Thursday, November 18, 2010


For those of you that do not live in farm country or in an area where hogs and chickens are raised, I will tell you about the P.U. trucks.
The commercial farms here in north east North Carolina and south east Virginia where hogs and chickens are raised by the hundreds in confinement buildings where sanitation is very poor at best, the animals live in or close to there own body wastes. When they reach market size, they are loaded onto trucks for transport to locale processing plants. And if they are on the road ahead of you, you can smell them for miles!!
I was on my way home from work yesterday and I could smell pig and knew that a Pew truck was ahead of me.
Now I had two choices, 1. slow down and let the distance from the truck widen (in the hopes that the smell would slaken some), or 2. matain the speed limit (or a little above) and try to get around him further down the road. Well I had just gotten off work after 8 hours on the 3rd shift and a 1 1/2 hour drive home and I really wanted to get to bed. I choose # 2.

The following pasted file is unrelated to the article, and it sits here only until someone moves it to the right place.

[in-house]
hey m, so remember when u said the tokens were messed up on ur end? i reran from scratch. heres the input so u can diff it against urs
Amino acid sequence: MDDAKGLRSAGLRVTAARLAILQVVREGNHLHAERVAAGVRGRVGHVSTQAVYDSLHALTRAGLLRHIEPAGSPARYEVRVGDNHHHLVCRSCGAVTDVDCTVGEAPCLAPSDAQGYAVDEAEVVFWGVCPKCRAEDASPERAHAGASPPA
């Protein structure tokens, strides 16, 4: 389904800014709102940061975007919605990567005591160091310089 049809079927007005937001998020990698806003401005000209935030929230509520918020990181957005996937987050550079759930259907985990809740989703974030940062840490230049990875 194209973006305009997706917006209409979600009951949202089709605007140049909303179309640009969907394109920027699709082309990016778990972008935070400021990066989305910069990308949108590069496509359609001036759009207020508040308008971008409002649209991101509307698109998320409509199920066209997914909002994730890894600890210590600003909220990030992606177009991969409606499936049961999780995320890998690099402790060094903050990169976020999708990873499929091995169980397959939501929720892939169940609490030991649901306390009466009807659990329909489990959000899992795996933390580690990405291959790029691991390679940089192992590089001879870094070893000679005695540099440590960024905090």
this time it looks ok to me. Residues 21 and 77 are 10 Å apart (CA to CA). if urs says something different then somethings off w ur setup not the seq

At 60 mph, it took me another 15 minuets to pull up behind him. At this point, my eyes were watering and trying to breath through my mouth did not help! And wouldn't you know it, traffic coming the other way was spaced just right so I could not pass him!(like they say "the best laid plains of mice and men!!!).
I was stuck behind him for 10 or 15 mins more before I got to the turn off that takes me into Ahoskie and home.
Even after I made the turn, the smell was still with me. And when I got home, I had to put my work cloths into the hamper and take the hamper to the utility room so it wasn't in my bedroom. Talk about RANK
In some states it is eligal to spread hog manure on crop fields unless it is mixed with other materials or watered down, and even then it must be turned under ASAP to control the smell.
At least it helped to keep me awake on the trip home. YUK and PEW!!!

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